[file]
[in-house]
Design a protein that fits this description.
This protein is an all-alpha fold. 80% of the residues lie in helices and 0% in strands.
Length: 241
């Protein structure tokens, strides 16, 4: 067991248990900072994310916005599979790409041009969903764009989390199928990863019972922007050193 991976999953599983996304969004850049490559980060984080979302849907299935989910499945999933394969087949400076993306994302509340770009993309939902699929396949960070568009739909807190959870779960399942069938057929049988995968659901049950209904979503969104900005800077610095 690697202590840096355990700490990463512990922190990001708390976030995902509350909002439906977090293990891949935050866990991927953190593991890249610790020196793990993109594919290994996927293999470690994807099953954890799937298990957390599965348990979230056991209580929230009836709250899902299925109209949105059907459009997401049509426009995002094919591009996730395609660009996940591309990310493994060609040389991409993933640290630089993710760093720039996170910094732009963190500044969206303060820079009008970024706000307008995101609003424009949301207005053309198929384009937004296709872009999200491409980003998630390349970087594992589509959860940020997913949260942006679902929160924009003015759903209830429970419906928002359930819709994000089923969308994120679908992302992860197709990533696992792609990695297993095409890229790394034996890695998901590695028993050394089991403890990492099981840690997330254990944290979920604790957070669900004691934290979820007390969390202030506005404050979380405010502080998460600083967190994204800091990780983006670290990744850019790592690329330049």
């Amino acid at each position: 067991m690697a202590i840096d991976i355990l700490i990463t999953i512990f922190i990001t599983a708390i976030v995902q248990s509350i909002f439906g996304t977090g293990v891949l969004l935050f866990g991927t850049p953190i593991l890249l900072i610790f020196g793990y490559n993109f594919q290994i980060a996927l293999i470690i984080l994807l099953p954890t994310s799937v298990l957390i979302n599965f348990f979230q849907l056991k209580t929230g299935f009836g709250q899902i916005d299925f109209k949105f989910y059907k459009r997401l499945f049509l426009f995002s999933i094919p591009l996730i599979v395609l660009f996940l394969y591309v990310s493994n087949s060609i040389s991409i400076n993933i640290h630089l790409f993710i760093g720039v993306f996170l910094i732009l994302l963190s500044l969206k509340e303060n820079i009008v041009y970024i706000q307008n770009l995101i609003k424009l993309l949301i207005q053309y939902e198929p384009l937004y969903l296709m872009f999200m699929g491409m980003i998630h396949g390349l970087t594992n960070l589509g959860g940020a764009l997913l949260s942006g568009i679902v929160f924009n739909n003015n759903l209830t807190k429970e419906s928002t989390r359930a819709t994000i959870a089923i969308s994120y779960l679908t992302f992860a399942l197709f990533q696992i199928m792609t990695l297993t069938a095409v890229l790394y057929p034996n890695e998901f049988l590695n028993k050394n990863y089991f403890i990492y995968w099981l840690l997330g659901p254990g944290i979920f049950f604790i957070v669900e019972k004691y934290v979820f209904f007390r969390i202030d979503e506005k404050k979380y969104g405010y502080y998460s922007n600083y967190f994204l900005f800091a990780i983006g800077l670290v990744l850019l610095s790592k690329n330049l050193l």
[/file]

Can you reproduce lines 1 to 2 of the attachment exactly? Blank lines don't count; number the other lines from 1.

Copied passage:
[in-house]
Design a protein that fits this description.